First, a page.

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One of the most used tool in the world of Makers to learn or create personal project is the Arduino board. This tutorial explains how to install and use the Arduino programming software.

Material

  • Computer
  • Arduino board

 

Software installation

Download the latest version of the Arduino IDE https://www.arduino.cc/en/Main/Software. Run the installation.

Click on « I Agree »

Click on « Next > »

Click on « Install »

You will then be asked for the boards drivers installation. Select << Install >> both times.

Wait for the end of the installation.

The Arduino IDE is now ready for use.

 

Base code

The INO file created by the Arduino IDE contains the code, based on C/C++ languages, that can be implemented into the Arduino board and has to respect some architecture.

The code contained in the fonction setup() is executed once at the beginning of the program. Generally used for the initialisation of the microcontroler state variables.

The main function of the program is loop(). It ran periodically after the execution of setup() until the microcontroler switch off .

This is the minimum required for the compilation of the code.

After that, parameters, variables, constants, subfunctions and libraries can be added to create a fully functional program.

 

Flashing the sofware into the board

To flash the Arduino board, the program should be compiled and uploaded on the microcontroller. This is doable in the Arduino IDE.

To upload the program, connect the board to the computer. In the menu, under the tab “Tools”, in “Board: “Arduino/Genuino UNO” > “, select the type of board to be uploaded.

Then, under the tab “Tools”, in “Port >”, select the serial port connected to the board.

Upload the program with the button or in the menu “Skecth” in “Upload” or even with the shortcut Ctrl+U.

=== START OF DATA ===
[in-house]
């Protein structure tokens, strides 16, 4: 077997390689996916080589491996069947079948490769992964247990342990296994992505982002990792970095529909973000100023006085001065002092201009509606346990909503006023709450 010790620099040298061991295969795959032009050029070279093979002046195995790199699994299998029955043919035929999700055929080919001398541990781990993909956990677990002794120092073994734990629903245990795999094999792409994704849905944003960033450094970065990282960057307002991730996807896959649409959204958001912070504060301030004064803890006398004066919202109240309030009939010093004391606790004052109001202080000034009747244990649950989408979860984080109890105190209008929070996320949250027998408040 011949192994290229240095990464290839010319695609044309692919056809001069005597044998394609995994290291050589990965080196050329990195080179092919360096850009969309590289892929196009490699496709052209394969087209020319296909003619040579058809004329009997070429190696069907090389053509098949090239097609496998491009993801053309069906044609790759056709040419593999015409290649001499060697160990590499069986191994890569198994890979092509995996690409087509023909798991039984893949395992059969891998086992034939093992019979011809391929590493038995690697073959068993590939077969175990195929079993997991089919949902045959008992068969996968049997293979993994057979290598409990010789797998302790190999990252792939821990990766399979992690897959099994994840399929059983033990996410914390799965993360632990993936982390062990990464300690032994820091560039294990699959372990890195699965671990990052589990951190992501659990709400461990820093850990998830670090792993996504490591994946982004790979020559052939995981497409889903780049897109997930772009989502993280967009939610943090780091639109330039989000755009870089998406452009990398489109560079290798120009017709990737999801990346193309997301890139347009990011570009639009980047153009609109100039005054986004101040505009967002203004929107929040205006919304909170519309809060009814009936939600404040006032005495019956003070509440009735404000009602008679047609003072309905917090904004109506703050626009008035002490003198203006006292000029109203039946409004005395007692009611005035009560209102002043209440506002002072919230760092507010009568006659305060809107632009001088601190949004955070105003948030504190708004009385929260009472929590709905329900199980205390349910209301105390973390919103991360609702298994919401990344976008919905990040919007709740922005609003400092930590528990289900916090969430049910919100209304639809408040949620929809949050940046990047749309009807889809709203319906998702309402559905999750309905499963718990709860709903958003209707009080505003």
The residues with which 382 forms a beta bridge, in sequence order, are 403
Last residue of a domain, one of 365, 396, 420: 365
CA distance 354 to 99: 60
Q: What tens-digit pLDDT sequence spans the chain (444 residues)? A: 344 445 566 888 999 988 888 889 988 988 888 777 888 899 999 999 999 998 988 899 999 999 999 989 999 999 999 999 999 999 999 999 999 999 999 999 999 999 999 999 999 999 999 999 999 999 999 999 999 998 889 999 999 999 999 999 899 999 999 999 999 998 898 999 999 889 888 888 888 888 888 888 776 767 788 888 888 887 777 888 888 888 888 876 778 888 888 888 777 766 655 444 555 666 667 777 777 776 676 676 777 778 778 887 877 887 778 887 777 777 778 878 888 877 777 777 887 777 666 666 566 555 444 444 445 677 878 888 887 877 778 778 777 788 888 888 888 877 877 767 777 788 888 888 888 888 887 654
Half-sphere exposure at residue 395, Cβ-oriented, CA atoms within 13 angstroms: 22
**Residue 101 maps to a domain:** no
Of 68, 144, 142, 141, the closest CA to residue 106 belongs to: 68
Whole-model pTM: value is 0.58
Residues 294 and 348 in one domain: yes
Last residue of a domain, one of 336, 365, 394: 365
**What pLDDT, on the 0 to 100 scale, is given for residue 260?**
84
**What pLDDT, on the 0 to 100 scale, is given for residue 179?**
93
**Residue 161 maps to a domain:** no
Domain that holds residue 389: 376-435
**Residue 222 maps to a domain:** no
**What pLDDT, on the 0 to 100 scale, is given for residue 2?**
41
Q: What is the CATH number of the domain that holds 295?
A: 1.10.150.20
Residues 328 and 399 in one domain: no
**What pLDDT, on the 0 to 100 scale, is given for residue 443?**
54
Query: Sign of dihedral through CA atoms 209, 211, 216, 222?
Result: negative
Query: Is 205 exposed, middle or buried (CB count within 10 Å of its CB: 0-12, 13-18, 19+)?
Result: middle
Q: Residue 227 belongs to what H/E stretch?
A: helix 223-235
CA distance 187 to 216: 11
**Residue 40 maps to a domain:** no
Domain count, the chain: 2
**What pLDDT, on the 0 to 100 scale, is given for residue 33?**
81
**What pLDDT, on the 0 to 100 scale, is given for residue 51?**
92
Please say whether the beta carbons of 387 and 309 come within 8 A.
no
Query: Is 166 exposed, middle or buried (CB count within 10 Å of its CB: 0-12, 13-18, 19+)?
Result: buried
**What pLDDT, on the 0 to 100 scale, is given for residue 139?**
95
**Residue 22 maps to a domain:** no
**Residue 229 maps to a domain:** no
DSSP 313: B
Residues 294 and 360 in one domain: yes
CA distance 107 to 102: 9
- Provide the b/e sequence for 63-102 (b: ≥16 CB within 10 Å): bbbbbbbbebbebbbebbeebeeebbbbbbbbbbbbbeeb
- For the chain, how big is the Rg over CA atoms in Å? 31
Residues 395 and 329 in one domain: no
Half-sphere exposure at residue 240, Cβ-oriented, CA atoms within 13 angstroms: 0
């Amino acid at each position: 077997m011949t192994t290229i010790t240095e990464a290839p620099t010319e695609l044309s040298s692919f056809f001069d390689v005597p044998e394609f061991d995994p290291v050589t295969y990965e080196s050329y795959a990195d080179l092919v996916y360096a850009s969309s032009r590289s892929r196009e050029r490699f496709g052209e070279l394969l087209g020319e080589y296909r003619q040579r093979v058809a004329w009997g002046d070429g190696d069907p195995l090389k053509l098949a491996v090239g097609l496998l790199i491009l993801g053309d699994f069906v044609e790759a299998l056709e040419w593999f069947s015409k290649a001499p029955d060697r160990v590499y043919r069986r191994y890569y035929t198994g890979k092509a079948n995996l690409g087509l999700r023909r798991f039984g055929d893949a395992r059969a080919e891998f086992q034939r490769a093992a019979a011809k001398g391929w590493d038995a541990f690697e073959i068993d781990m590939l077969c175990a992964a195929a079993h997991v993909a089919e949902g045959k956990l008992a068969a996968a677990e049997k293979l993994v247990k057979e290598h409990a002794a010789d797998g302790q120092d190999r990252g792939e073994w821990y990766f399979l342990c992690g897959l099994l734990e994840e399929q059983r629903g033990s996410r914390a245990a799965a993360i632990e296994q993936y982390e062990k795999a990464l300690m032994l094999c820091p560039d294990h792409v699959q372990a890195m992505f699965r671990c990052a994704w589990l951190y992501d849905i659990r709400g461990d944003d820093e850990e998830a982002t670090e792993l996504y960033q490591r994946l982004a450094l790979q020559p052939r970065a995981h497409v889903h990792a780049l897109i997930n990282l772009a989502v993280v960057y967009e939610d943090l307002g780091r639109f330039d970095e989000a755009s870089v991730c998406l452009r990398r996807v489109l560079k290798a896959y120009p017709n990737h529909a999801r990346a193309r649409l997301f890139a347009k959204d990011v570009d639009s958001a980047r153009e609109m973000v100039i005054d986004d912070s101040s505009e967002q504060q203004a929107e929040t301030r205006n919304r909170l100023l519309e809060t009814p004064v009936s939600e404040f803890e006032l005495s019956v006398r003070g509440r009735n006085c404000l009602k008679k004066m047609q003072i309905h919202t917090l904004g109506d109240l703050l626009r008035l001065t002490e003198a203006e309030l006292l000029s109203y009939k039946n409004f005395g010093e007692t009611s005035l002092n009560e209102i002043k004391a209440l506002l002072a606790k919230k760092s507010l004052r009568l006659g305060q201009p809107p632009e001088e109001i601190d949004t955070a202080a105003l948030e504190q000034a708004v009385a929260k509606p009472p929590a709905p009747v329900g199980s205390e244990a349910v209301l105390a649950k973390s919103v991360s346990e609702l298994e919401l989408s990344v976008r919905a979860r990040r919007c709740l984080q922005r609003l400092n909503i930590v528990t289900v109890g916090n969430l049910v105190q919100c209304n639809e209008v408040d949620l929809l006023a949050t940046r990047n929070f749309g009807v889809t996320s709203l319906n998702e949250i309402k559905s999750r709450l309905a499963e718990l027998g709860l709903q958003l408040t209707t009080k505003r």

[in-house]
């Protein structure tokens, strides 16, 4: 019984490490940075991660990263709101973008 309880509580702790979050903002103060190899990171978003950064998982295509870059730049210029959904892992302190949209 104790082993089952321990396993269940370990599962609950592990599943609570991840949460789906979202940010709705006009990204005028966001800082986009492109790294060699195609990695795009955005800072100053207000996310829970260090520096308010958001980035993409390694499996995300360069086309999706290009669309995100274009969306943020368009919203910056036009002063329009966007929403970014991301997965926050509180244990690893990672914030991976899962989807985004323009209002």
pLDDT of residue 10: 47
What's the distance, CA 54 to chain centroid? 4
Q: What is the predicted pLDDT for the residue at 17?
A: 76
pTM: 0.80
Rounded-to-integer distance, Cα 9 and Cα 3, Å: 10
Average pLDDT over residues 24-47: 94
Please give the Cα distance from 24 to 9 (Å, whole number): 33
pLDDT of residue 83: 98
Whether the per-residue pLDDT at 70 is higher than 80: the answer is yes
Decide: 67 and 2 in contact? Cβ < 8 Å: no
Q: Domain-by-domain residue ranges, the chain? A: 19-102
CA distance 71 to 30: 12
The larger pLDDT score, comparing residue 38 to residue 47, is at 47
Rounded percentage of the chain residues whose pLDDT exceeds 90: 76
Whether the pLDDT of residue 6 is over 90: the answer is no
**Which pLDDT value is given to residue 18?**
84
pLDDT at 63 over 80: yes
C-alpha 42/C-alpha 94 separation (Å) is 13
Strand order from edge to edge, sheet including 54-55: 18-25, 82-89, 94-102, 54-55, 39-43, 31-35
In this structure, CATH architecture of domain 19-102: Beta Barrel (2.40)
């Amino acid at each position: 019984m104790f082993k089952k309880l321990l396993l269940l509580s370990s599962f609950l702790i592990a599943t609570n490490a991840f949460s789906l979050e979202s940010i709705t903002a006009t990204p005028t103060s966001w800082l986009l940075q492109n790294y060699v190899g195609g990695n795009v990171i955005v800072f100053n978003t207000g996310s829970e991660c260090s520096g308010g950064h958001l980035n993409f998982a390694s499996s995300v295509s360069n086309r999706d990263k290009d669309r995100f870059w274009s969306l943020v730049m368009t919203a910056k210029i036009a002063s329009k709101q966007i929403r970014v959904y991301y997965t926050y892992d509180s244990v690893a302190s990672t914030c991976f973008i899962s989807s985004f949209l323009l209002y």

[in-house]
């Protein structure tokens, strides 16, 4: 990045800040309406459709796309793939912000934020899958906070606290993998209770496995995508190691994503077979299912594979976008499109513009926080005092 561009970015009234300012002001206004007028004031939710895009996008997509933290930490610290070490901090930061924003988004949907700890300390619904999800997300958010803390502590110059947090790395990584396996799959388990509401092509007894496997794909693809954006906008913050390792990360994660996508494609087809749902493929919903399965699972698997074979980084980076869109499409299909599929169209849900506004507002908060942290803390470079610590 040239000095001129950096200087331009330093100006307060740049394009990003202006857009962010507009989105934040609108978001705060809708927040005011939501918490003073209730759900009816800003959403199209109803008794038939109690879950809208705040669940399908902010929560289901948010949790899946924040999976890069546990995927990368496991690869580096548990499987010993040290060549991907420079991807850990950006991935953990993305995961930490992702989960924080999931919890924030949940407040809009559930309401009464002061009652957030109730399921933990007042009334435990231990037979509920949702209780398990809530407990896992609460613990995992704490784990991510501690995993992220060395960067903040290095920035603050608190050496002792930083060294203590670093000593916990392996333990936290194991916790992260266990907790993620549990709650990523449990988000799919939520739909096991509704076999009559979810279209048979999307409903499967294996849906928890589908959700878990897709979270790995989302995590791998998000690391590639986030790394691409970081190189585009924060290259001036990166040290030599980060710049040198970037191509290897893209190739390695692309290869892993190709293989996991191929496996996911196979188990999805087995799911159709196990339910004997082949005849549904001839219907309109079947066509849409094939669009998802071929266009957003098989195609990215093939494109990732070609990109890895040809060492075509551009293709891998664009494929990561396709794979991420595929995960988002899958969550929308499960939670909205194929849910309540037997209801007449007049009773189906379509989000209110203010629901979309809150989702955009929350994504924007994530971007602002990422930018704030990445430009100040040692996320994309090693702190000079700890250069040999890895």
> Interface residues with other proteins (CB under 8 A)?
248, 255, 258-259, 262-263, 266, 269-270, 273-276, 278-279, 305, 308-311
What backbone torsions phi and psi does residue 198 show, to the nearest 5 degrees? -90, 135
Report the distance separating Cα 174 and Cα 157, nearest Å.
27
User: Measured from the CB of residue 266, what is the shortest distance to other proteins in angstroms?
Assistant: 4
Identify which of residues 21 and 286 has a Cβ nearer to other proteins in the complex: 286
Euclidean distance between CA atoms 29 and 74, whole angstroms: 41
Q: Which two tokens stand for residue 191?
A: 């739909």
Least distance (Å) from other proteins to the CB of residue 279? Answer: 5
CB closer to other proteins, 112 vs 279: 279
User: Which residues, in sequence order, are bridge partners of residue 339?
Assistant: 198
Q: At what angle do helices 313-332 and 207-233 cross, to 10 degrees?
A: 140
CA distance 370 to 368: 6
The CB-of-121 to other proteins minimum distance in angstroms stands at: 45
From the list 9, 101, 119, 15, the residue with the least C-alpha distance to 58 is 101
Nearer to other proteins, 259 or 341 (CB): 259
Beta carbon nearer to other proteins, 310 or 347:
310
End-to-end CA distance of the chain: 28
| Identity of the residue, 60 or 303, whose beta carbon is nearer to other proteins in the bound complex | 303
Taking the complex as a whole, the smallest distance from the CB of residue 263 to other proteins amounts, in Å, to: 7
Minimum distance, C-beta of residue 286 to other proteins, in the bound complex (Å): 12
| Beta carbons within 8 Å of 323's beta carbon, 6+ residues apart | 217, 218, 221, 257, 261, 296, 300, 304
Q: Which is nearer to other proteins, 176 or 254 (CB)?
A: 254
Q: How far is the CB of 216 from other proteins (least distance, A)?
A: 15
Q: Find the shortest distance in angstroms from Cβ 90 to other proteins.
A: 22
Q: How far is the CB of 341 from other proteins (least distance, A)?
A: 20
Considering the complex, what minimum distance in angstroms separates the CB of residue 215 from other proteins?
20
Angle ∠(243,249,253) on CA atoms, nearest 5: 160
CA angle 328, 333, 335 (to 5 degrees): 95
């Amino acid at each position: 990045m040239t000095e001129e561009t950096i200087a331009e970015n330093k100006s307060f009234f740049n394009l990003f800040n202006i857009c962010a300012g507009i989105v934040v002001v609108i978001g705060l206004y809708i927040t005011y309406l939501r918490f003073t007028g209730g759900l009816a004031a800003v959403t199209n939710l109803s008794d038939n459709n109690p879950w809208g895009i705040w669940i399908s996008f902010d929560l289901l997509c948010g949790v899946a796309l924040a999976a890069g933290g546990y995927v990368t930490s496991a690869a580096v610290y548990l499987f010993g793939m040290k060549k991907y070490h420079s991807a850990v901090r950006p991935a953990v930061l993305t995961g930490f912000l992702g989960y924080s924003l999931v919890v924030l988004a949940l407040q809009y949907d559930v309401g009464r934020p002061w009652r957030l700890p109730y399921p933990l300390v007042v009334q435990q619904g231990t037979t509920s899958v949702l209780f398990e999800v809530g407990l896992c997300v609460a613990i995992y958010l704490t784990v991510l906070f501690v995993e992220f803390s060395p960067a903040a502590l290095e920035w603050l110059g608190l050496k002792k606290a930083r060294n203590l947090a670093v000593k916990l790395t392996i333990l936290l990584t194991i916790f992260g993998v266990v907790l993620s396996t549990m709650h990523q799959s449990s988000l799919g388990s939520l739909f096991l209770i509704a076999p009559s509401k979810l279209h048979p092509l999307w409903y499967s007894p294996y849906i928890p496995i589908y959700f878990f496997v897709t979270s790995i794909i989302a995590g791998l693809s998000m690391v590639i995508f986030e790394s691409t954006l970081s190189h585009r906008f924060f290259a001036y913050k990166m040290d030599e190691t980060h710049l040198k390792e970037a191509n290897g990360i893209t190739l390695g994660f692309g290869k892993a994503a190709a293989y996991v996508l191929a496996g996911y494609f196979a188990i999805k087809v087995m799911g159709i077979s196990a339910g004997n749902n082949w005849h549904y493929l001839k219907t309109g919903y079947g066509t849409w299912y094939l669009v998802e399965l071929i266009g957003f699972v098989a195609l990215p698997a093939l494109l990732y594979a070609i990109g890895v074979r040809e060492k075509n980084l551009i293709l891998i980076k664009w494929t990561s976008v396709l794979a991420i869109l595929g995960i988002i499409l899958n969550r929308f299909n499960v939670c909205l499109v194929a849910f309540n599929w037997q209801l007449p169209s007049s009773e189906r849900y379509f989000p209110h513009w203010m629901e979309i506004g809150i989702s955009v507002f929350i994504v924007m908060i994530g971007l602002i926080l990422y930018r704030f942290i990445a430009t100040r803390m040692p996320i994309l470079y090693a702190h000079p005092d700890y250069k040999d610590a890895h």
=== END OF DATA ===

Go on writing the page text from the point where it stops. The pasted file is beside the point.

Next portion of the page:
The LEDS labelled RX/TX on the board should blink a moment then stop to show that the program has been successfuly uoploaded.

 

Use the serial monitor

When the board is connected to the computer, on usefull debugging tools is the serial monitor to display sme results from the Arduino.

To test the serial monitor, write this code and upload it to the board.

void setup(){
  Serial.begin(9600);
  Serial.println("Board is initilized with the setup function");
}

void loop(){
  Serial.println("The loop function is executed!");
  delay(5000);
}

To open the serial monitors, go to”Tools” –> “Serial Monitior”

 

Note on the Arduino language

Using constants

We use constants when we want to assign a name to a value that cannot be changed during the code execution.
The keyword #define is used to declare constants.

The two main benefits is to give some sense to a value when reading the code, especially when it is used several time in the code, and to use less memory than a variable. Conventionally, constant name are written in upper caps.

#define CONSTANT_NAME value

 

Variables and parameters

Variables are used to store some value during the code execution, like sensor output. Parameters are used to store values that may change during the code execution.
Several keywords exist to define the type of a variable or a parameter.

  • int is used to declare integers (int a=3;)
  • float is used to declare value with decimals (float a=3.5;)
  • char is used to declare text (char a= «hello»;)
keyword nom_variable = intial_value;

Or

keyword nom_variable;